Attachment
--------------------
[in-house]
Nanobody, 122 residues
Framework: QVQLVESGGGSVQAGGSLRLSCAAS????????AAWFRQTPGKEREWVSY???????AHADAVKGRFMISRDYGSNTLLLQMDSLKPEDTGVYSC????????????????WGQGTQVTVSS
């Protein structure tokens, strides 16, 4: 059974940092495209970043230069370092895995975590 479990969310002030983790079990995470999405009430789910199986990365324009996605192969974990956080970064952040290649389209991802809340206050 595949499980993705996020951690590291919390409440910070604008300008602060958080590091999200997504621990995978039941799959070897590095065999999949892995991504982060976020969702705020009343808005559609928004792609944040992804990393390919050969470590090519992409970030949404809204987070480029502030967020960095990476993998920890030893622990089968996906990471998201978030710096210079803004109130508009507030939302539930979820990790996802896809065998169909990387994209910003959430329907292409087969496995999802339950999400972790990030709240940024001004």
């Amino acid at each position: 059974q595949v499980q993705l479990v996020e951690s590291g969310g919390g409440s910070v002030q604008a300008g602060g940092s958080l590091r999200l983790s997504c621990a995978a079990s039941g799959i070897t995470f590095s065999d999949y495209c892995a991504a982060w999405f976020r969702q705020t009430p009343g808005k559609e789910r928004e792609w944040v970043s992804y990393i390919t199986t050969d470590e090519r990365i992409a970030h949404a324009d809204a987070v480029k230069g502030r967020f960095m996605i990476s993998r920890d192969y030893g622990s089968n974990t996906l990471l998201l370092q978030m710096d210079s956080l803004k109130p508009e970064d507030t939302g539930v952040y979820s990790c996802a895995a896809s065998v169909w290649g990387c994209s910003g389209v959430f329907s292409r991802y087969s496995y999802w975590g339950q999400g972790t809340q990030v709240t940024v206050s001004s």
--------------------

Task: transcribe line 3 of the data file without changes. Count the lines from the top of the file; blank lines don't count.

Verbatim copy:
Framework: QVQLVESGGGSVQAGGSLRLSCAAS????????AAWFRQTPGKEREWVSY???????AHADAVKGRFMISRDYGSNTLLLQMDSLKPEDTGVYSC????????????????WGQGTQVTVSS